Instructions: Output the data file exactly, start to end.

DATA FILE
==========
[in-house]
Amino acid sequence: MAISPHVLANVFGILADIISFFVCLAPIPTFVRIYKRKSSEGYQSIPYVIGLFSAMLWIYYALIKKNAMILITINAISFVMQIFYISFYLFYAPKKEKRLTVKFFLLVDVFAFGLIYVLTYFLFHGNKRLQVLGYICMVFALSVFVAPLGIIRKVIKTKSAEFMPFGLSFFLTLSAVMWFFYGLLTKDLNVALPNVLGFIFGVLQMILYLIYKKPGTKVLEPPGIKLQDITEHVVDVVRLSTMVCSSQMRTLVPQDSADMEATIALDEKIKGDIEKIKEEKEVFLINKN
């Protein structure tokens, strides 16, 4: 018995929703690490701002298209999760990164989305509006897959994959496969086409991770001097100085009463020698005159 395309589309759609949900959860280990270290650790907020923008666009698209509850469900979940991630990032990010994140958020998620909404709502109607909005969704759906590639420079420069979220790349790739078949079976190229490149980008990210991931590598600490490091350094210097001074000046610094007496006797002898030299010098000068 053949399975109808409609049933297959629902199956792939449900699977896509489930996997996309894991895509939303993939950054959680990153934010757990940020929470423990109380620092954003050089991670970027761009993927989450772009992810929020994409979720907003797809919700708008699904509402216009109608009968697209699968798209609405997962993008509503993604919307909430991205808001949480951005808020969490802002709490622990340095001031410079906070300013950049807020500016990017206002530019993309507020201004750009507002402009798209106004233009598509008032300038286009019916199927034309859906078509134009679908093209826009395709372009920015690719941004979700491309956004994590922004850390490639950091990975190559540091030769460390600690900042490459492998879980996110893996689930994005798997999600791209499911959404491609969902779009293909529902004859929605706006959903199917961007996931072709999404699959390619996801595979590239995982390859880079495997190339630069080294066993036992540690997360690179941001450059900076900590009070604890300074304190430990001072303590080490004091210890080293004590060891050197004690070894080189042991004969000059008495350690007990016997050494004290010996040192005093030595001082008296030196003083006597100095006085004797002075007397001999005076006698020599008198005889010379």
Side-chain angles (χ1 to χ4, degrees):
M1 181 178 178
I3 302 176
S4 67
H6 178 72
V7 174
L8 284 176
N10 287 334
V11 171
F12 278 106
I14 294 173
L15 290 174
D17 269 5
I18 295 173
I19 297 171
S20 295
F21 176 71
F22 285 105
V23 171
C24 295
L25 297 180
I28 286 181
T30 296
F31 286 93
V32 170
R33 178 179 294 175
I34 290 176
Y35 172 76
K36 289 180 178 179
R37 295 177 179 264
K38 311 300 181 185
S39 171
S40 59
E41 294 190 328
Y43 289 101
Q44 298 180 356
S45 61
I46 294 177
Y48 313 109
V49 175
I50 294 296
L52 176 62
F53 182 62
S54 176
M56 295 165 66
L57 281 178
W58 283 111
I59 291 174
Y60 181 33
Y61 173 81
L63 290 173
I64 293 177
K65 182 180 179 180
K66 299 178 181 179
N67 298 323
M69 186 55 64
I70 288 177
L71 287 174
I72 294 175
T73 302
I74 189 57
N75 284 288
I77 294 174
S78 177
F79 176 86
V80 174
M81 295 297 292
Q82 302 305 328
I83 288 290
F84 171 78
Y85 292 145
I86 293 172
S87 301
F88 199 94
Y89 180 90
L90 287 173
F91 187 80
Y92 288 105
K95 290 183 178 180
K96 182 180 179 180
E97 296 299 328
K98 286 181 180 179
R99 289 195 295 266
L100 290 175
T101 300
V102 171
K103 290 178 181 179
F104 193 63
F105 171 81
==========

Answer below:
[in-house]
Amino acid sequence: MAISPHVLANVFGILADIISFFVCLAPIPTFVRIYKRKSSEGYQSIPYVIGLFSAMLWIYYALIKKNAMILITINAISFVMQIFYISFYLFYAPKKEKRLTVKFFLLVDVFAFGLIYVLTYFLFHGNKRLQVLGYICMVFALSVFVAPLGIIRKVIKTKSAEFMPFGLSFFLTLSAVMWFFYGLLTKDLNVALPNVLGFIFGVLQMILYLIYKKPGTKVLEPPGIKLQDITEHVVDVVRLSTMVCSSQMRTLVPQDSADMEATIALDEKIKGDIEKIKEEKEVFLINKN
């Protein structure tokens, strides 16, 4: 018995929703690490701002298209999760990164989305509006897959994959496969086409991770001097100085009463020698005159 395309589309759609949900959860280990270290650790907020923008666009698209509850469900979940991630990032990010994140958020998620909404709502109607909005969704759906590639420079420069979220790349790739078949079976190229490149980008990210991931590598600490490091350094210097001074000046610094007496006797002898030299010098000068 053949399975109808409609049933297959629902199956792939449900699977896509489930996997996309894991895509939303993939950054959680990153934010757990940020929470423990109380620092954003050089991670970027761009993927989450772009992810929020994409979720907003797809919700708008699904509402216009109608009968697209699968798209609405997962993008509503993604919307909430991205808001949480951005808020969490802002709490622990340095001031410079906070300013950049807020500016990017206002530019993309507020201004750009507002402009798209106004233009598509008032300038286009019916199927034309859906078509134009679908093209826009395709372009920015690719941004979700491309956004994590922004850390490639950091990975190559540091030769460390600690900042490459492998879980996110893996689930994005798997999600791209499911959404491609969902779009293909529902004859929605706006959903199917961007996931072709999404699959390619996801595979590239995982390859880079495997190339630069080294066993036992540690997360690179941001450059900076900590009070604890300074304190430990001072303590080490004091210890080293004590060891050197004690070894080189042991004969000059008495350690007990016997050494004290010996040192005093030595001082008296030196003083006597100095006085004797002075007397001999005076006698020599008198005889010379």
Side-chain angles (χ1 to χ4, degrees):
M1 181 178 178
I3 302 176
S4 67
H6 178 72
V7 174
L8 284 176
N10 287 334
V11 171
F12 278 106
I14 294 173
L15 290 174
D17 269 5
I18 295 173
I19 297 171
S20 295
F21 176 71
F22 285 105
V23 171
C24 295
L25 297 180
I28 286 181
T30 296
F31 286 93
V32 170
R33 178 179 294 175
I34 290 176
Y35 172 76
K36 289 180 178 179
R37 295 177 179 264
K38 311 300 181 185
S39 171
S40 59
E41 294 190 328
Y43 289 101
Q44 298 180 356
S45 61
I46 294 177
Y48 313 109
V49 175
I50 294 296
L52 176 62
F53 182 62
S54 176
M56 295 165 66
L57 281 178
W58 283 111
I59 291 174
Y60 181 33
Y61 173 81
L63 290 173
I64 293 177
K65 182 180 179 180
K66 299 178 181 179
N67 298 323
M69 186 55 64
I70 288 177
L71 287 174
I72 294 175
T73 302
I74 189 57
N75 284 288
I77 294 174
S78 177
F79 176 86
V80 174
M81 295 297 292
Q82 302 305 328
I83 288 290
F84 171 78
Y85 292 145
I86 293 172
S87 301
F88 199 94
Y89 180 90
L90 287 173
F91 187 80
Y92 288 105
K95 290 183 178 180
K96 182 180 179 180
E97 296 299 328
K98 286 181 180 179
R99 289 195 295 266
L100 290 175
T101 300
V102 171
K103 290 178 181 179
F104 193 63
F105 171 81